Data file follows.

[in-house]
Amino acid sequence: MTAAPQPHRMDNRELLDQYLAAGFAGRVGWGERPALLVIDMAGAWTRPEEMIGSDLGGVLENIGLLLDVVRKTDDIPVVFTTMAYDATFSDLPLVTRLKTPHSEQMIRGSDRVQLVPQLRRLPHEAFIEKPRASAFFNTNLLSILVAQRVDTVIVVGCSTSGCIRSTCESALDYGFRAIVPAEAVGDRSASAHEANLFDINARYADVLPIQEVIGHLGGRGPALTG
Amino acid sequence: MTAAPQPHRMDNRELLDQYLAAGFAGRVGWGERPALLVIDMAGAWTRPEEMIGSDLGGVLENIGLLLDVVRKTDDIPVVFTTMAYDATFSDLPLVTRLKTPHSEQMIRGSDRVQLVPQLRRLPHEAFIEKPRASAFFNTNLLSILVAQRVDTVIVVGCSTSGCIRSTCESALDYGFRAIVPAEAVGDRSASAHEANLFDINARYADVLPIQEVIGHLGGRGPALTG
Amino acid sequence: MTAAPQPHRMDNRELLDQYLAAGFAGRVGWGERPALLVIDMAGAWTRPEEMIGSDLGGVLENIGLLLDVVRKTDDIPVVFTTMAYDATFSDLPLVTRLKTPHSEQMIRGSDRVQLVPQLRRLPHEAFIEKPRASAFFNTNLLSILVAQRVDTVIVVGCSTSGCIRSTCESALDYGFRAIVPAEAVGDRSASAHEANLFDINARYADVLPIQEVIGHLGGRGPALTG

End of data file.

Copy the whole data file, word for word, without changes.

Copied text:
[in-house]
Amino acid sequence: MTAAPQPHRMDNRELLDQYLAAGFAGRVGWGERPALLVIDMAGAWTRPEEMIGSDLGGVLENIGLLLDVVRKTDDIPVVFTTMAYDATFSDLPLVTRLKTPHSEQMIRGSDRVQLVPQLRRLPHEAFIEKPRASAFFNTNLLSILVAQRVDTVIVVGCSTSGCIRSTCESALDYGFRAIVPAEAVGDRSASAHEANLFDINARYADVLPIQEVIGHLGGRGPALTG
Amino acid sequence: MTAAPQPHRMDNRELLDQYLAAGFAGRVGWGERPALLVIDMAGAWTRPEEMIGSDLGGVLENIGLLLDVVRKTDDIPVVFTTMAYDATFSDLPLVTRLKTPHSEQMIRGSDRVQLVPQLRRLPHEAFIEKPRASAFFNTNLLSILVAQRVDTVIVVGCSTSGCIRSTCESALDYGFRAIVPAEAVGDRSASAHEANLFDINARYADVLPIQEVIGHLGGRGPALTG
Amino acid sequence: MTAAPQPHRMDNRELLDQYLAAGFAGRVGWGERPALLVIDMAGAWTRPEEMIGSDLGGVLENIGLLLDVVRKTDDIPVVFTTMAYDATFSDLPLVTRLKTPHSEQMIRGSDRVQLVPQLRRLPHEAFIEKPRASAFFNTNLLSILVAQRVDTVIVVGCSTSGCIRSTCESALDYGFRAIVPAEAVGDRSASAHEANLFDINARYADVLPIQEVIGHLGGRGPALTG